That being said, I do hear it’s worse in Chicago.
August 9, 2013 § Leave a comment
My latest piece for Read it Forward:
(You should seriously all check out this book by Venedikt Erofeev, “From Moscow to the End of the Line.” It’s a weird, hilarious, unique, insert other positive adjectives, treasure.)
Now onto other stuff:
Editing is hard, and unfortunately, it’s the not-so-glamorous part of a writer’s life that doesn’t get talked about much outside those in the writerly trenches themselves. Here’s the part we all love: you get in a zone, write something astoundingly magical, you’re pretty sure this piece will not only abolish world hunger via the power of its narrative, but you also managed to write it in prose that can only be described as “Tolstoy-Franzen floral hybrid.” Then you wake up the next day to find it is a horrible steaming pile of garbage and you consider law school for the bazillionth time.
So you have two options. You chalk up your first draft to the .docx graveyard, or you lick your ego wounds and take a stab at editing. It’s not easy to do. It ain’t famously called “killing your babies” for nothin’.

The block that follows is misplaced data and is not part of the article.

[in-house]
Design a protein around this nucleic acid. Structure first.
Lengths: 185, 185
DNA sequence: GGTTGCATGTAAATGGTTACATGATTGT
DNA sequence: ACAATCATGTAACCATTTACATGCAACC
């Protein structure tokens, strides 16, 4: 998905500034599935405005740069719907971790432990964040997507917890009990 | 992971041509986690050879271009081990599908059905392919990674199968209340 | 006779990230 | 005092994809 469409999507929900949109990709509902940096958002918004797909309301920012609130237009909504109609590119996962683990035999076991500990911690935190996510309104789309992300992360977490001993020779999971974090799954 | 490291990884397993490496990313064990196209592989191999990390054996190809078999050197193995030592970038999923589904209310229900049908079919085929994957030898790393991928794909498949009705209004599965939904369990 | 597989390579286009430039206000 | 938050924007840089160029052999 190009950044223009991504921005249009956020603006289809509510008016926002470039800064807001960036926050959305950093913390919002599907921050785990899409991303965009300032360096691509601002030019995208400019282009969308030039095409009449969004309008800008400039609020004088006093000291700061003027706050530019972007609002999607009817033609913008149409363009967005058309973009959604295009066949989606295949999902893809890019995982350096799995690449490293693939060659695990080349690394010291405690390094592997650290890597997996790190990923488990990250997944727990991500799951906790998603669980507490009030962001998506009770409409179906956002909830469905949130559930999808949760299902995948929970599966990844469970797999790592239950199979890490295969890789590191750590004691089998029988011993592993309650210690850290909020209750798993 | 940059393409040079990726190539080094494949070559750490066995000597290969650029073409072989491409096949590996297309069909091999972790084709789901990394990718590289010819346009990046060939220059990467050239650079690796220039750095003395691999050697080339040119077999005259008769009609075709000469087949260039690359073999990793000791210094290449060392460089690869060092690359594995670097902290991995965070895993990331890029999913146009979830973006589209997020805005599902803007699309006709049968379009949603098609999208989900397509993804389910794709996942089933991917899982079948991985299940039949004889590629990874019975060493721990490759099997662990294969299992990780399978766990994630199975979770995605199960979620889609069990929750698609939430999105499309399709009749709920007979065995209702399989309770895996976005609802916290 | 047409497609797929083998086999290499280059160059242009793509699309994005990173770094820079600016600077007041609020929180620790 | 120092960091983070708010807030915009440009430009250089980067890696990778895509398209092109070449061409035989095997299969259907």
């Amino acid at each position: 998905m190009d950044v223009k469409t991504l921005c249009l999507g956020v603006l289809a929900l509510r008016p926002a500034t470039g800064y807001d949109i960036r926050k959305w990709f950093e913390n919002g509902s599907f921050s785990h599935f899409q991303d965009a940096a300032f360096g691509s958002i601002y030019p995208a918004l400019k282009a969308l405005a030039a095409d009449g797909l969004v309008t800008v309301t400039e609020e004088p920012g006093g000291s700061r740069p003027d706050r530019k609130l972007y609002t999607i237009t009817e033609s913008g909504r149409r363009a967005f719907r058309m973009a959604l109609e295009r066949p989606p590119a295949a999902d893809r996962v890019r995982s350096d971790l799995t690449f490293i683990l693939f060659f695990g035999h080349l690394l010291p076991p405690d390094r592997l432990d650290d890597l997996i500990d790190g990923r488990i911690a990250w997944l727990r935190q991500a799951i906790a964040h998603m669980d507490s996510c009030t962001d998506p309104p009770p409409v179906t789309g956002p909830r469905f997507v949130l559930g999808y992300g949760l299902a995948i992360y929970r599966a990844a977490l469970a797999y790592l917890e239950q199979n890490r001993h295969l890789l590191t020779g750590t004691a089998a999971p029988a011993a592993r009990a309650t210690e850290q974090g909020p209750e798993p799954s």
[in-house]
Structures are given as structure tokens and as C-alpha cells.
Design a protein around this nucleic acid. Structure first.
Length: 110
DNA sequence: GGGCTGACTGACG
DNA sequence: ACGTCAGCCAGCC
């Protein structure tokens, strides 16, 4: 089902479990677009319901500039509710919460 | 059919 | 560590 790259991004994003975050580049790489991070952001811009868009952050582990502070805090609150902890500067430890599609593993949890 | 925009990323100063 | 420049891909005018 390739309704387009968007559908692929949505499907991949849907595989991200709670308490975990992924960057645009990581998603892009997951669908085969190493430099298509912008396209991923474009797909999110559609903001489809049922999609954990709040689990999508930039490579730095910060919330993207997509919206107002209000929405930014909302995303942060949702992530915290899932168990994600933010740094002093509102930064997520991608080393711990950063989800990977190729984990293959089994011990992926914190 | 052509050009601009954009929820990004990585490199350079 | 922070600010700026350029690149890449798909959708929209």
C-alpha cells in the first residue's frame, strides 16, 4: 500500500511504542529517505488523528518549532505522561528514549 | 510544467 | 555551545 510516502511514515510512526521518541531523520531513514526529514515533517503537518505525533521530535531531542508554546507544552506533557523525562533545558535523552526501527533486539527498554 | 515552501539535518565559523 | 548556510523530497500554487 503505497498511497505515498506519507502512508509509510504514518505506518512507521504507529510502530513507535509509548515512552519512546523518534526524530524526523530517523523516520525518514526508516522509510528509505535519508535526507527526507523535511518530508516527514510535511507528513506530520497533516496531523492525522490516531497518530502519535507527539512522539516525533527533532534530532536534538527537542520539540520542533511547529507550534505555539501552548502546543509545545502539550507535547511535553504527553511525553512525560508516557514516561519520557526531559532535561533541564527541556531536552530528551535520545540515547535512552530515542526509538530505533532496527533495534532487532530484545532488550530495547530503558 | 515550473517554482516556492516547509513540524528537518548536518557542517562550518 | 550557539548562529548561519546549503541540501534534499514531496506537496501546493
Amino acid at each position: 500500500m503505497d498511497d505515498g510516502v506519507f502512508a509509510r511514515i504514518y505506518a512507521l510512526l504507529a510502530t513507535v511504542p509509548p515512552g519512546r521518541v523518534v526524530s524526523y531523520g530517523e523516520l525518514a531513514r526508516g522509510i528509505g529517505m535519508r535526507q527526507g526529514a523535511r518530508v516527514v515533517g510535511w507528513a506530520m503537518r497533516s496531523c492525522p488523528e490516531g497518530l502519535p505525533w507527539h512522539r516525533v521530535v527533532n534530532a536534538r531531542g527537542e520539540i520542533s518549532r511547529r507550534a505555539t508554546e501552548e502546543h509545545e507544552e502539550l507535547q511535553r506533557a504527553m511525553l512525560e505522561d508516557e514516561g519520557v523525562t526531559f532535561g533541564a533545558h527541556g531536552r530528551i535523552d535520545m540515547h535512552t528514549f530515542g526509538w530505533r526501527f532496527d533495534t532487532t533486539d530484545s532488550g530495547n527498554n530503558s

But we should make a distinction here. It’s different writing for a publication under a deadline than it is writing for yourself, and thus, the editing process is different. I happen to be more productive when I am given the constraints of a deadline, potentially because years of school trained me to work under this model, but it also probably has something to do with a certain, je ne sais quoi, extreme laziness. If you suffer from the same affliction as I do (“I could write, or I could paint my toenails and watch “Arrested Development” reruns for the 700th time while stalking the Domino’s pizza tracker.”), then editing your own work takes some artificial constraint-setting.
But sometimes, between a full-time job and tracking Domino’s all the live long day, some of the stuff you work on for your own pleasure slips through the cracks. One of the few positives to this is that I occasionally reap the benefits of one of editing’s closest compadres: time. Remember “killing your babies”? Well, having distance from a piece means that you’ve had time to grow apart from your children, stop loving them, and you can now properly shove them off a cliff without a second thought. Maybe you’re even sporting a grin while doing it! (I’ll stop working off that metaphor.)